Please use this identifier to cite or link to this item: https://scholarbank.nus.edu.sg/handle/10635/106604
Title: A review of the current scientific and regulatory status of nanomedicines and the challenges ahead
Authors: Hock, S.C.
Ying, Y.M.
Wah, C.L. 
Keywords: Control in manufacturing
Current regulatory status
Nanomedicines
Quality and safety
Issue Date: Mar-2011
Citation: Hock, S.C.,Ying, Y.M.,Wah, C.L. (2011-03). A review of the current scientific and regulatory status of nanomedicines and the challenges ahead. PDA Journal of Pharmaceutical Science and Technology 65 (2) : 177-195. ScholarBank@NUS Repository.
Abstract: Nanomedicines refer to drugs, medical devices, and health products developed using nanotechnology with the aim of diagnosing, monitoring, and treating diseases at the molecular level. Due to their nano size, nanomedicines offer advantages over conventional medicines, including more effective targeting of difficult-to-reach sites, improved solubility and bioavailability, and reduced adverse effects. Hence, nanomedicines can be used to achieve the same therapeutic effect at smaller doses than their conventional counterparts. Three types of nanomedicines are described: nanocarriers used in drug delivery, nanosuspensions used in the improvement of drug solubility, and nanoparticles used in bioimaging. While nanomedicines offer promising benefits, there are concerns that the inherent properties of nanoparticles such as their size, shape, agglomeration/aggregation potential, and surface chemistry can adversely affect the safety and quality of nanomedicines. Furthermore, there are currently no regulatory guidelines developed specifically for nanomedicines due to limitations including inadequate knowledge regarding nanoparticle behavior, the absence of standardized nomenclature, test methods, and characterization of nanoparticles, as well as difficulty in determining primary jurisdiction for combination products. In addition, a shortage of trained personnel, a lack of a nanomedicine-specific safety protocol, and ineffective control of nanoparticle contamination challenge the current good manufacturing practice requirements governing the manufacture of nanomedicines. Regulatory authorities are in the midst of improving the current framework for controlling the manufacturing processes, product quality, and safety of nanomedicines. This paper proposes improvements through the adaptation of conventional regulations for nanoparticles, implementation of compulsory regulations for presently unregulated nanoparticle-containing products, and the establishment of an online database for efficient retrieval of information relating to nanomedicines by authorities. ©PDA, Inc. 2011.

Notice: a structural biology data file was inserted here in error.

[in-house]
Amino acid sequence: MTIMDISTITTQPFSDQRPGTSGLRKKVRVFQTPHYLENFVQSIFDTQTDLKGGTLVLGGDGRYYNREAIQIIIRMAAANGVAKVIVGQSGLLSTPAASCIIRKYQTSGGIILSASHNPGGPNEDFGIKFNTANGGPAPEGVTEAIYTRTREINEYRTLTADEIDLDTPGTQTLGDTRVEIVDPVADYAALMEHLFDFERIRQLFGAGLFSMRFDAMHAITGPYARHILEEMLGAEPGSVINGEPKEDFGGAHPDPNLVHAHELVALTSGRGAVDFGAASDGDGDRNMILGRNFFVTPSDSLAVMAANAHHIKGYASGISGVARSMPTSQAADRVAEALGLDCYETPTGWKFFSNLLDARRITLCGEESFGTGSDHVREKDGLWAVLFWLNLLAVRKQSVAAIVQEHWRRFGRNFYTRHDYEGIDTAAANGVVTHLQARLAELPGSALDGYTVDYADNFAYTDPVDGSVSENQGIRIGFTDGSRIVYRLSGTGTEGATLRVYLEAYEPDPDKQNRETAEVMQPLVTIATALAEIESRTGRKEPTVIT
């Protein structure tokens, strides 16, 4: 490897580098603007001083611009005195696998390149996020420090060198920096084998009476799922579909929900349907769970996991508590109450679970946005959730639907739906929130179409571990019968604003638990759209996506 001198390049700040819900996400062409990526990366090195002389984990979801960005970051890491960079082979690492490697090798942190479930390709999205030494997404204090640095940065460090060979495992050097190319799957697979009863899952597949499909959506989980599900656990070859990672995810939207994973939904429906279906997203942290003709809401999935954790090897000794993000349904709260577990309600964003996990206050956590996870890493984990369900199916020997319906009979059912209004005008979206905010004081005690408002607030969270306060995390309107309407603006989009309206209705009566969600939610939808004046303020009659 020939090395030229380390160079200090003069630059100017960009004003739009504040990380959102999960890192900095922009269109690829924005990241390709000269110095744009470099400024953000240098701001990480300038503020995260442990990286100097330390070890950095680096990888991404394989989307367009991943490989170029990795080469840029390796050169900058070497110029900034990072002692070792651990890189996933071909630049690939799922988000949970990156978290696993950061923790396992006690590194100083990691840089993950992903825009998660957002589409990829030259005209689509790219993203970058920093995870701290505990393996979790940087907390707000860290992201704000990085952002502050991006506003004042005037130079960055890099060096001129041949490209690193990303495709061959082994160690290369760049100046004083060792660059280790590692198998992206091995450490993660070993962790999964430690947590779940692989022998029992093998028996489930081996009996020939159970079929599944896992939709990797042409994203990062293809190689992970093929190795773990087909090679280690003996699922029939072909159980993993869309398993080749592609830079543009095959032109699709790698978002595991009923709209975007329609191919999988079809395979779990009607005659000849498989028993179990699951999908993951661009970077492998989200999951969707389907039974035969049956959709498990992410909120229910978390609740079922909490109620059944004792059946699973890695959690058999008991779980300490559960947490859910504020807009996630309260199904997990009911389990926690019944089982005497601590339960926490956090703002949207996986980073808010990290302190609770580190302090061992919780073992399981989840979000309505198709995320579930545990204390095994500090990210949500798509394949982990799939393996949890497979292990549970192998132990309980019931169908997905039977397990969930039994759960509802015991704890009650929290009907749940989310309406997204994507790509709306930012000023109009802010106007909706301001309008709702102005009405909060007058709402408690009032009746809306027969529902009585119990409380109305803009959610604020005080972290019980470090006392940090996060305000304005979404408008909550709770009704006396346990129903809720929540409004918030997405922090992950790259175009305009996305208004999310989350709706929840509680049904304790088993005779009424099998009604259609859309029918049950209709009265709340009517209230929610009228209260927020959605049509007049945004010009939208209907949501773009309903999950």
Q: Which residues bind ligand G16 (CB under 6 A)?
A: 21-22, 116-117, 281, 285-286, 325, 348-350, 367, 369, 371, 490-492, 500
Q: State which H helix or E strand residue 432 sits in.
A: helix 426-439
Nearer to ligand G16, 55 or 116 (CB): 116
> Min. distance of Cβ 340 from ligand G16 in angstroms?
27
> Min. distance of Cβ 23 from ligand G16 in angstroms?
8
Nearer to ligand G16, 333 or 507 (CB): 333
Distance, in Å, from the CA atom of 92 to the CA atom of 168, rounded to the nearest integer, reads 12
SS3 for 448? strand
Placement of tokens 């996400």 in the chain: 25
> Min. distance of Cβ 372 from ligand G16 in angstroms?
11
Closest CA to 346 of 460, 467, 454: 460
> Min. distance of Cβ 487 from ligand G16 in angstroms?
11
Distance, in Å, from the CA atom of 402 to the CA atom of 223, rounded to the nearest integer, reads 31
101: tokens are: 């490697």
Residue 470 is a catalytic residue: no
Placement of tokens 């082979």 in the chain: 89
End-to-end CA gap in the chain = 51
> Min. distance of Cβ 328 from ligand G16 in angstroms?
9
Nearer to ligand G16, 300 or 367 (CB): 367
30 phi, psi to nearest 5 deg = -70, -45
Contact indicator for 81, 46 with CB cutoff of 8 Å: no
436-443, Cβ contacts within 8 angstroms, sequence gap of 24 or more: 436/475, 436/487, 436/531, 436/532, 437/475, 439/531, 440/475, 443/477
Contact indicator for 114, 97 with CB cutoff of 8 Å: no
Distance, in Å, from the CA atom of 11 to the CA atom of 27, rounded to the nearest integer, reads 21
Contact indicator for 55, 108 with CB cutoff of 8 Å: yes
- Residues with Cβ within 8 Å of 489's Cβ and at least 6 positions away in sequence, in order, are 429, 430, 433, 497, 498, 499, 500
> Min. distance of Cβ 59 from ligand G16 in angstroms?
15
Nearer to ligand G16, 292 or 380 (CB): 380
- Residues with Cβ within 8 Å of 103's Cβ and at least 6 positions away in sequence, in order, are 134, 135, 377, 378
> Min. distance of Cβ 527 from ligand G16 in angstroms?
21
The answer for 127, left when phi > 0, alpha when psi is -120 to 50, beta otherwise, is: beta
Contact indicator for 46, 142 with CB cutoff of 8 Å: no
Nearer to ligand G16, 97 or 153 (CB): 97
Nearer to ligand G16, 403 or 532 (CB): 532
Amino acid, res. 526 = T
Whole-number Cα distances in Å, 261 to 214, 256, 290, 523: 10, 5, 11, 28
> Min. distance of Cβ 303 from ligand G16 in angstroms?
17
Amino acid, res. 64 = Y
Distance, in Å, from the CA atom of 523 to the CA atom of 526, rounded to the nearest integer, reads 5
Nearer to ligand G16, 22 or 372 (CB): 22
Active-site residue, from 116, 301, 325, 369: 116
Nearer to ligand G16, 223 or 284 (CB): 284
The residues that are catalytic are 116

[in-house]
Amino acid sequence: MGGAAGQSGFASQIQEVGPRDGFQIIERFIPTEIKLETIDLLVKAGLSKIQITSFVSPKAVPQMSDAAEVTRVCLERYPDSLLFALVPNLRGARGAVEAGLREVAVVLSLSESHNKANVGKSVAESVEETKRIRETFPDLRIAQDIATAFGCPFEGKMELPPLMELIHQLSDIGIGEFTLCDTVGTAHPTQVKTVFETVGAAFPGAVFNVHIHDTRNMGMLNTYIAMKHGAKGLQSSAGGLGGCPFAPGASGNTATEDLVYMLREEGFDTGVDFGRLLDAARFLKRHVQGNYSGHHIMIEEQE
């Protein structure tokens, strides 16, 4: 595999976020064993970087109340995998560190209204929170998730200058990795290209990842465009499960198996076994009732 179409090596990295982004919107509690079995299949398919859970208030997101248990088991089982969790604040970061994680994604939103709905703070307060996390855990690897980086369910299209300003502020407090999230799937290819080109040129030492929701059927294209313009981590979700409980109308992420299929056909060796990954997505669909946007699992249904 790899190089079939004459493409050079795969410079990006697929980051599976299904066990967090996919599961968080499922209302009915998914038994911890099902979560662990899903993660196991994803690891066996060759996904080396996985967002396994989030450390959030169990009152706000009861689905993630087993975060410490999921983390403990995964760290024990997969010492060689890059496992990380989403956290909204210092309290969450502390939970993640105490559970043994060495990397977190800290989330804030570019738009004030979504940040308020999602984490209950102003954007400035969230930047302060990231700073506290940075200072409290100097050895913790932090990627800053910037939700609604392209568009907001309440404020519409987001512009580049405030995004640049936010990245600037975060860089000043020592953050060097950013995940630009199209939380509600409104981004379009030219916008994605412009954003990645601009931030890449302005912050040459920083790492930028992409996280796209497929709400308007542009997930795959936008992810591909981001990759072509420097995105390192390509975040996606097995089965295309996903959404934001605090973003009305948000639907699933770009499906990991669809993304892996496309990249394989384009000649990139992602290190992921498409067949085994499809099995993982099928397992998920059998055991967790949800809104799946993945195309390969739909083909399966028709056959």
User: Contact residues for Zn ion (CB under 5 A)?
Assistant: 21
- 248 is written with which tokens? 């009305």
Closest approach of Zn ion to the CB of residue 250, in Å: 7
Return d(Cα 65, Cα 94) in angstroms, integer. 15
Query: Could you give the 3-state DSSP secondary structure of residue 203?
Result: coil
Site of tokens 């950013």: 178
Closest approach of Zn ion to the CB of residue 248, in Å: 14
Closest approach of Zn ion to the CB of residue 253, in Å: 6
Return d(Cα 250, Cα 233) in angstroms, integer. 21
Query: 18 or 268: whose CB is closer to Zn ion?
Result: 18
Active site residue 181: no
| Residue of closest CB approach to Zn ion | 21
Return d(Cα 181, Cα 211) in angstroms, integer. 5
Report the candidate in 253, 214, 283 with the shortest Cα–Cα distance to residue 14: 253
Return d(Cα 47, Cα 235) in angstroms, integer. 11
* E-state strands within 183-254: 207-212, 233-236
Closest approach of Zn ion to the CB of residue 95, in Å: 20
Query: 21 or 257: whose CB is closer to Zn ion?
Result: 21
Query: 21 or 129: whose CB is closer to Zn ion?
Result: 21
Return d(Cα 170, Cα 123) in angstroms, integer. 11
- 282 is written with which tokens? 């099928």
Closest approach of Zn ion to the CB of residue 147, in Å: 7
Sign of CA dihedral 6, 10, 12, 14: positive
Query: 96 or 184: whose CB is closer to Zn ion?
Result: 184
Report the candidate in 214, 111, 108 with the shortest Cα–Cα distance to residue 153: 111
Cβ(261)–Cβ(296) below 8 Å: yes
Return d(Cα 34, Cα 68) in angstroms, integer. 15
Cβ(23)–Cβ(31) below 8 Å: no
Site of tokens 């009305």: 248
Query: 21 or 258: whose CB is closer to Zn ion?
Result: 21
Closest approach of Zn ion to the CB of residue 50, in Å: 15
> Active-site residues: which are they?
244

Source Title: PDA Journal of Pharmaceutical Science and Technology
URI: http://scholarbank.nus.edu.sg/handle/10635/106604
ISSN: 10797440
Appears in Collections:Staff Publications

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